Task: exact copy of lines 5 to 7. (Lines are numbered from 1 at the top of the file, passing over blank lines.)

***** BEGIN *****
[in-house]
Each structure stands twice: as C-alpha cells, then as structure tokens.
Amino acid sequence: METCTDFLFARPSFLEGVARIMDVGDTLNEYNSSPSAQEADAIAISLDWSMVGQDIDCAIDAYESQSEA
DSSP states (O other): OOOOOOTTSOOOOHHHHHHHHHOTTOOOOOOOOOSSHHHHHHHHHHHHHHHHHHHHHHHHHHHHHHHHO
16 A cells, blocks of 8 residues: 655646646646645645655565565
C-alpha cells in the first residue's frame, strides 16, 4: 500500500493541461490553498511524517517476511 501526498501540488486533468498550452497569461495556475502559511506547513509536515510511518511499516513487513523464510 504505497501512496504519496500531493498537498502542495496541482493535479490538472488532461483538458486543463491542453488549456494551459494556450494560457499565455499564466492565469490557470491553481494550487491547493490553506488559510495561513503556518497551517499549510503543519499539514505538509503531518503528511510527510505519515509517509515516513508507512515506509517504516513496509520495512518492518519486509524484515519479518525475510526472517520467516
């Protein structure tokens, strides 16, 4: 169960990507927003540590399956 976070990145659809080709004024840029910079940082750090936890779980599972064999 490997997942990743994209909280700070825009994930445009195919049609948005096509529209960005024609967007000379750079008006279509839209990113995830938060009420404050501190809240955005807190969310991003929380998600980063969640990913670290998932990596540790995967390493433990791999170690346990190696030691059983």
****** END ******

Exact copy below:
16 A cells, blocks of 8 residues: 655646646646645645655565565
C-alpha cells in the first residue's frame, strides 16, 4: 500500500493541461490553498511524517517476511 501526498501540488486533468498550452497569461495556475502559511506547513509536515510511518511499516513487513523464510 504505497501512496504519496500531493498537498502542495496541482493535479490538472488532461483538458486543463491542453488549456494551459494556450494560457499565455499564466492565469490557470491553481494550487491547493490553506488559510495561513503556518497551517499549510503543519499539514505538509503531518503528511510527510505519515509517509515516513508507512515506509517504516513496509520495512518492518519486509524484515519479518525475510526472517520467516
């Protein structure tokens, strides 16, 4: 169960990507927003540590399956 976070990145659809080709004024840029910079940082750090936890779980599972064999 490997997942990743994209909280700070825009994930445009195919049609948005096509529209960005024609967007000379750079008006279509839209990113995830938060009420404050501190809240955005807190969310991003929380998600980063969640990913670290998932990596540790995967390493433990791999170690346990190696030691059983």